“I lead with my femininity, have a sharp wit, and am spiritual and traditional, with attributes of having respect, loyalty, and devotion; being non-materialistic; and being real.  Attached is a recent photo of me.”


   Cheryl in the red dress

I responded to Cheryl (at least I thought I had) saying I needed to know in what part of the States or Canada she lived because a potential mate would want to know that.

But I didn’t hear back from her. I did a follow up e-Newsletter wondering why some people don’t respond. When Cheryl read that newsletter, she wrote:

“I am the ‘Cheryl’ you wrote about in your newsletter, saying that I never responded to you. I didn’t receive any email from you! I don’t know why, but rest assured that I’m eager to meet someone and would have responded immediately. So sorry for whatever happened.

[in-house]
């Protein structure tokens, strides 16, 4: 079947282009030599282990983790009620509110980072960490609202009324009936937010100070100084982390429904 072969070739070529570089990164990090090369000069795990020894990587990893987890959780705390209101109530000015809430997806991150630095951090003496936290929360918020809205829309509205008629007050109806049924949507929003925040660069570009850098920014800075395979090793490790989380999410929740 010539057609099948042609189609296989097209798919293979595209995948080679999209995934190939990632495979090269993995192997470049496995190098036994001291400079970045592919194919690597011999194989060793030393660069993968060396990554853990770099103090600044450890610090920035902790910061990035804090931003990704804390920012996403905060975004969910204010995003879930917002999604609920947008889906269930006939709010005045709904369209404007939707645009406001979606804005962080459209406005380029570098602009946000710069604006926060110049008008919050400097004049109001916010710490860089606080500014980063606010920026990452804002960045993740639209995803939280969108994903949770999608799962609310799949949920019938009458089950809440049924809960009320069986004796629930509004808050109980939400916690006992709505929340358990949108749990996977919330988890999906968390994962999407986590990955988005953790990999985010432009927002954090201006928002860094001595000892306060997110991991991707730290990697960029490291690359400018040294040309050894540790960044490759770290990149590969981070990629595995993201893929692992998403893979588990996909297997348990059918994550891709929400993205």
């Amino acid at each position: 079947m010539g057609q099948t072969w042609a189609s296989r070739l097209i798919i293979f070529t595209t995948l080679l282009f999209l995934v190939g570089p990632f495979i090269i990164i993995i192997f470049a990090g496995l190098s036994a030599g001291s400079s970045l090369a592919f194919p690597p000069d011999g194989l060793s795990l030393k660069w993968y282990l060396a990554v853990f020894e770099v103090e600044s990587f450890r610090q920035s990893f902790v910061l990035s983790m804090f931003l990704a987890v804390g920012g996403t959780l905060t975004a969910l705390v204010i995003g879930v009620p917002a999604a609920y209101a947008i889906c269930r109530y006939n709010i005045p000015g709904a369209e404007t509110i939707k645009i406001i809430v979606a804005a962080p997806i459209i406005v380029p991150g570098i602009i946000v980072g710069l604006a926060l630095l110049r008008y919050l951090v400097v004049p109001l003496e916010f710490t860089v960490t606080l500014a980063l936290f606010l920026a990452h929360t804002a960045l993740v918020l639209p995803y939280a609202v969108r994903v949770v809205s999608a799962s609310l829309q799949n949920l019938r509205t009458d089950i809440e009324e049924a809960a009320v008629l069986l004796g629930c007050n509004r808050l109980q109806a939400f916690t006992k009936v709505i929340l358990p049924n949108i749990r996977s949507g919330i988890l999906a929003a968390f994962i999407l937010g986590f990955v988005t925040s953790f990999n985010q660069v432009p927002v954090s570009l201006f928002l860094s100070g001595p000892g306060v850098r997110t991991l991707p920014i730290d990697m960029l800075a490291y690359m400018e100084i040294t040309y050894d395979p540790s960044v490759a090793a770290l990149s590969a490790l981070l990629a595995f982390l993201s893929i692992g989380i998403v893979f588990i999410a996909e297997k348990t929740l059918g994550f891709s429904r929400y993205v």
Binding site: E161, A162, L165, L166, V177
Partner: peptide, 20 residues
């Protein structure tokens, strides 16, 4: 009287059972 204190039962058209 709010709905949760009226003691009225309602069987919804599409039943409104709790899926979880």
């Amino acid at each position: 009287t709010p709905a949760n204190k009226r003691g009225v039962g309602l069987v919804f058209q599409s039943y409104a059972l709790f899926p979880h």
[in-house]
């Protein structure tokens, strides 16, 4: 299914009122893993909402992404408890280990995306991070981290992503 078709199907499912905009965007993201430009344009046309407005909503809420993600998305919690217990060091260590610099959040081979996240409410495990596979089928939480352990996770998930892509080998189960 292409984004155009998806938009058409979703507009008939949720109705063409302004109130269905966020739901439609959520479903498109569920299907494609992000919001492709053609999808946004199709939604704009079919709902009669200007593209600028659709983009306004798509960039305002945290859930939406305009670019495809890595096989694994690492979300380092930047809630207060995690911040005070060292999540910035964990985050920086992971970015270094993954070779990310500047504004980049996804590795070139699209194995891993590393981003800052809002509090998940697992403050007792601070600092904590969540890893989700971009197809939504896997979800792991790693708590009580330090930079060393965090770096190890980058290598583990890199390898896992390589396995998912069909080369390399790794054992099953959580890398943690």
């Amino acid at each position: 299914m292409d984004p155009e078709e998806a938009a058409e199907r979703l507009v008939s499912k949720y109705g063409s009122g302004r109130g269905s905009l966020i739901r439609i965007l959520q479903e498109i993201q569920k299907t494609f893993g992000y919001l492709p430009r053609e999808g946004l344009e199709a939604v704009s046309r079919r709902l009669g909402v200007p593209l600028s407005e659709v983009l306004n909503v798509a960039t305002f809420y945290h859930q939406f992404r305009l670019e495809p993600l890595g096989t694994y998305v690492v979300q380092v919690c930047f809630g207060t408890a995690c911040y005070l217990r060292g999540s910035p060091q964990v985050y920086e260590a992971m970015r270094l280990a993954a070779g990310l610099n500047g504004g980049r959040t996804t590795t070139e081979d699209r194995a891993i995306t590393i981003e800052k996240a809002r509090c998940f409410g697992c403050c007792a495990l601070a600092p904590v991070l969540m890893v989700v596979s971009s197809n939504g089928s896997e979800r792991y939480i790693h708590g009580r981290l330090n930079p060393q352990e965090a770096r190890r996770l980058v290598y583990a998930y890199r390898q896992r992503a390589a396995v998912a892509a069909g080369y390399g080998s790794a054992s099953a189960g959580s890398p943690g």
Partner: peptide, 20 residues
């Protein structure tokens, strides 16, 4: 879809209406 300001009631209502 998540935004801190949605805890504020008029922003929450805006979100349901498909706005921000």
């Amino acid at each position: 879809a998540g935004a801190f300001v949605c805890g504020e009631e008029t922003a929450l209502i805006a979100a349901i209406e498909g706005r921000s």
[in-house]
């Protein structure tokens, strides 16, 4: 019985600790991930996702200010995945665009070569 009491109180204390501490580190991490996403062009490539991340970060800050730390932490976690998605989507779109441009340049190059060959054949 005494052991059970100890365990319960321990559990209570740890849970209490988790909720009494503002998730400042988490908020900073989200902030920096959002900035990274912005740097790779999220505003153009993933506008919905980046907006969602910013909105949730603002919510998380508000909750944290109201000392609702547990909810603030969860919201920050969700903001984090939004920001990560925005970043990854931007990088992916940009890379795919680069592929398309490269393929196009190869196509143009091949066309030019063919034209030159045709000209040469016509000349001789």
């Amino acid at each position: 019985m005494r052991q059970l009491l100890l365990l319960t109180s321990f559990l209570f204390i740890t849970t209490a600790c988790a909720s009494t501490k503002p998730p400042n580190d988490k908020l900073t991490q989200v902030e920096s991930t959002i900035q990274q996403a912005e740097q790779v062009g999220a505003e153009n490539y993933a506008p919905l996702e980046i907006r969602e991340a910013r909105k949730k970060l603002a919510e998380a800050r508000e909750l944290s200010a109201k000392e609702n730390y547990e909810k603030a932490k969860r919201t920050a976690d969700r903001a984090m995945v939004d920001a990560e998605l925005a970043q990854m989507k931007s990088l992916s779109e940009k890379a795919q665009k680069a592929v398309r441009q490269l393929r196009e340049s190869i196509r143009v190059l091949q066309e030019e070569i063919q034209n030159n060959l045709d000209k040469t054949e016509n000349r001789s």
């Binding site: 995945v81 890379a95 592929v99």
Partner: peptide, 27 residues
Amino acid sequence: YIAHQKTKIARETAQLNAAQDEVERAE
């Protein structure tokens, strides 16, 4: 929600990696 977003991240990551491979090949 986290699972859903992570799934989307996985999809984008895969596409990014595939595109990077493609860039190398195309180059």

“I live in Los Angeles, just south of LAX.  And there’s something else I’d like to add – my preference is for a Jewish man.

“Thanks so much; I really appreciate that you took the time to follow up!  You are very conscientious – I will invite you to my wedding!!”

During the time of this exchange, I was writing from the cruise ship where the Internet was iffy. I thought I had responded to Cheryl, but in checking after getting home, much to my horror, I saw my message to her never went. I apologized to her.

She wrote, “Thank you, Tom.  I have no ties here and am willing to relocate, if there are men who are willing to date long-distance for a while, and, use Skype. I also continue to hope that some of your Champs may ‘know someone’ appropriate for me.  As you said, it’s worth a try.  I appreciate your help.”